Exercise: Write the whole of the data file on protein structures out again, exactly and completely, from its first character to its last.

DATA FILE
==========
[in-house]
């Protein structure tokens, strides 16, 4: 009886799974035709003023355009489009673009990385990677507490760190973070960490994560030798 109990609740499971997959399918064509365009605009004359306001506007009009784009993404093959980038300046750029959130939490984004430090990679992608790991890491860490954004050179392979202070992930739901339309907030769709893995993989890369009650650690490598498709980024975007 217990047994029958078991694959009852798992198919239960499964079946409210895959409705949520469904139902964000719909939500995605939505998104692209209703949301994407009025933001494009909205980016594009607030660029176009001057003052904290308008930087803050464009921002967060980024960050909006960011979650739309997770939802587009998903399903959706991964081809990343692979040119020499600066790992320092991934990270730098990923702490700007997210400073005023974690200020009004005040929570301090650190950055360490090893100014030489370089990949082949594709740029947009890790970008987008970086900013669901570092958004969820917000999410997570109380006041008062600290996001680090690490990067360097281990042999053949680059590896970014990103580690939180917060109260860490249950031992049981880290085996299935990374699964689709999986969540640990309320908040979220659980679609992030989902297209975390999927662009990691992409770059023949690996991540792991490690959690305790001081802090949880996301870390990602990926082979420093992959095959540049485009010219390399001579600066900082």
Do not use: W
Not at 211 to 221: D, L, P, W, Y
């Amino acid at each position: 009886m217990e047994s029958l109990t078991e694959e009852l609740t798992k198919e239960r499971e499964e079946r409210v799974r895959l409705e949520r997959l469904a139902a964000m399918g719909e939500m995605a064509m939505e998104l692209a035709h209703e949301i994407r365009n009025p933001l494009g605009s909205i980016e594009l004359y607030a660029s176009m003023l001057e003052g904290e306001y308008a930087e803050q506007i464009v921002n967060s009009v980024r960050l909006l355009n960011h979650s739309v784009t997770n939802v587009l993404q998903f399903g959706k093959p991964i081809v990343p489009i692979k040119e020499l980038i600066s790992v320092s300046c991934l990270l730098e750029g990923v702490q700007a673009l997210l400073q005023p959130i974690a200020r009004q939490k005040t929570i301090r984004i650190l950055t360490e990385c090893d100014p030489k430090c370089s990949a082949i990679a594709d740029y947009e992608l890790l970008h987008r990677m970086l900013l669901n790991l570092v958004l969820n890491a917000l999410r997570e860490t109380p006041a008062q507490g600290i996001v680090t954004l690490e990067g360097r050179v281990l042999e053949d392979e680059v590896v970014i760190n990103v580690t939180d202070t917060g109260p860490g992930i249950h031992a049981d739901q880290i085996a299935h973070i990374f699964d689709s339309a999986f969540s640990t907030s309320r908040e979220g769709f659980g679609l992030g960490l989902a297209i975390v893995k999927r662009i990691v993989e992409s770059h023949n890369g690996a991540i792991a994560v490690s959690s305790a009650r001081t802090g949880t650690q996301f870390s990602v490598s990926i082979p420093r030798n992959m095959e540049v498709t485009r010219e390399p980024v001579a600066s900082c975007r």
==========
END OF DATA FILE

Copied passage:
[in-house]
């Protein structure tokens, strides 16, 4: 009886799974035709003023355009489009673009990385990677507490760190973070960490994560030798 109990609740499971997959399918064509365009605009004359306001506007009009784009993404093959980038300046750029959130939490984004430090990679992608790991890491860490954004050179392979202070992930739901339309907030769709893995993989890369009650650690490598498709980024975007 217990047994029958078991694959009852798992198919239960499964079946409210895959409705949520469904139902964000719909939500995605939505998104692209209703949301994407009025933001494009909205980016594009607030660029176009001057003052904290308008930087803050464009921002967060980024960050909006960011979650739309997770939802587009998903399903959706991964081809990343692979040119020499600066790992320092991934990270730098990923702490700007997210400073005023974690200020009004005040929570301090650190950055360490090893100014030489370089990949082949594709740029947009890790970008987008970086900013669901570092958004969820917000999410997570109380006041008062600290996001680090690490990067360097281990042999053949680059590896970014990103580690939180917060109260860490249950031992049981880290085996299935990374699964689709999986969540640990309320908040979220659980679609992030989902297209975390999927662009990691992409770059023949690996991540792991490690959690305790001081802090949880996301870390990602990926082979420093992959095959540049485009010219390399001579600066900082």
Do not use: W
Not at 211 to 221: D, L, P, W, Y
């Amino acid at each position: 009886m217990e047994s029958l109990t078991e694959e009852l609740t798992k198919e239960r499971e499964e079946r409210v799974r895959l409705e949520r997959l469904a139902a964000m399918g719909e939500m995605a064509m939505e998104l692209a035709h209703e949301i994407r365009n009025p933001l494009g605009s909205i980016e594009l004359y607030a660029s176009m003023l001057e003052g904290e306001y308008a930087e803050q506007i464009v921002n967060s009009v980024r960050l909006l355009n960011h979650s739309v784009t997770n939802v587009l993404q998903f399903g959706k093959p991964i081809v990343p489009i692979k040119e020499l980038i600066s790992v320092s300046c991934l990270l730098e750029g990923v702490q700007a673009l997210l400073q005023p959130i974690a200020r009004q939490k005040t929570i301090r984004i650190l950055t360490e990385c090893d100014p030489k430090c370089s990949a082949i990679a594709d740029y947009e992608l890790l970008h987008r990677m970086l900013l669901n790991l570092v958004l969820n890491a917000l999410r997570e860490t109380p006041a008062q507490g600290i996001v680090t954004l690490e990067g360097r050179v281990l042999e053949d392979e680059v590896v970014i760190n990103v580690t939180d202070t917060g109260p860490g992930i249950h031992a049981d739901q880290i085996a299935h973070i990374f699964d689709s339309a999986f969540s640990t907030s309320r908040e979220g769709f659980g679609l992030g960490l989902a297209i975390v893995k999927r662009i990691v993989e992409s770059h023949n890369g690996a991540i792991a994560v490690s959690s305790a009650r001081t802090g949880t650690q996301f870390s990602v490598s990926i082979p420093r030798n992959m095959e540049v498709t485009r010219e390399p980024v001579a600066s900082c975007r």